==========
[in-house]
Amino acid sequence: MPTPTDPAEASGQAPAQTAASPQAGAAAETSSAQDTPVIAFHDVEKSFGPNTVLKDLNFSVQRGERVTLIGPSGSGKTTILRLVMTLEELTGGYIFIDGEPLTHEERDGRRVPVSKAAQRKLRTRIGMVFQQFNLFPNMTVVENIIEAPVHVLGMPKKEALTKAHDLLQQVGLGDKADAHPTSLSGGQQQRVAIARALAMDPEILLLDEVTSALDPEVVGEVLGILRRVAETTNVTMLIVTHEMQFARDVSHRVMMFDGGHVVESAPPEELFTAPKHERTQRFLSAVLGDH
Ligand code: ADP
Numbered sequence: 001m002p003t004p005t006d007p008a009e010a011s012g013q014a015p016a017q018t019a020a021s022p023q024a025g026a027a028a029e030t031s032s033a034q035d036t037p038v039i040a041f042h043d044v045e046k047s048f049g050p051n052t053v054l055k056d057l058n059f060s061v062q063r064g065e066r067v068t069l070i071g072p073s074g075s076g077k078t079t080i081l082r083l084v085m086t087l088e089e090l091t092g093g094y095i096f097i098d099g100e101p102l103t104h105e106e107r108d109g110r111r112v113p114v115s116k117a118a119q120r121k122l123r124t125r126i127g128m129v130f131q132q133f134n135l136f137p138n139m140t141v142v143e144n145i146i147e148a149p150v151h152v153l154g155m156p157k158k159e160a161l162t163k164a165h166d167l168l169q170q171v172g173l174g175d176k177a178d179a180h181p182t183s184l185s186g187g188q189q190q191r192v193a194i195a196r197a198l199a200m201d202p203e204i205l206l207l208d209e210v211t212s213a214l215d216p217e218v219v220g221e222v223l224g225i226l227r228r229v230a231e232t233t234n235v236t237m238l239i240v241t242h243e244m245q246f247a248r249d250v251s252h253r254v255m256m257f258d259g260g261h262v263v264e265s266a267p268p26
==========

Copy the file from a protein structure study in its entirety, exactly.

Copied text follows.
[in-house]
Amino acid sequence: MPTPTDPAEASGQAPAQTAASPQAGAAAETSSAQDTPVIAFHDVEKSFGPNTVLKDLNFSVQRGERVTLIGPSGSGKTTILRLVMTLEELTGGYIFIDGEPLTHEERDGRRVPVSKAAQRKLRTRIGMVFQQFNLFPNMTVVENIIEAPVHVLGMPKKEALTKAHDLLQQVGLGDKADAHPTSLSGGQQQRVAIARALAMDPEILLLDEVTSALDPEVVGEVLGILRRVAETTNVTMLIVTHEMQFARDVSHRVMMFDGGHVVESAPPEELFTAPKHERTQRFLSAVLGDH
Ligand code: ADP
Numbered sequence: 001m002p003t004p005t006d007p008a009e010a011s012g013q014a015p016a017q018t019a020a021s022p023q024a025g026a027a028a029e030t031s032s033a034q035d036t037p038v039i040a041f042h043d044v045e046k047s048f049g050p051n052t053v054l055k056d057l058n059f060s061v062q063r064g065e066r067v068t069l070i071g072p073s074g075s076g077k078t079t080i081l082r083l084v085m086t087l088e089e090l091t092g093g094y095i096f097i098d099g100e101p102l103t104h105e106e107r108d109g110r111r112v113p114v115s116k117a118a119q120r121k122l123r124t125r126i127g128m129v130f131q132q133f134n135l136f137p138n139m140t141v142v143e144n145i146i147e148a149p150v151h152v153l154g155m156p157k158k159e160a161l162t163k164a165h166d167l168l169q170q171v172g173l174g175d176k177a178d179a180h181p182t183s184l185s186g187g188q189q190q191r192v193a194i195a196r197a198l199a200m201d202p203e204i205l206l207l208d209e210v211t212s213a214l215d216p217e218v219v220g221e222v223l224g225i226l227r228r229v230a231e232t233t234n235v236t237m238l239i240v241t242h243e244m245q246f247a248r249d250v251s252h253r254v255m256m257f258d259g260g261h262v263v264e265s266a267p268p26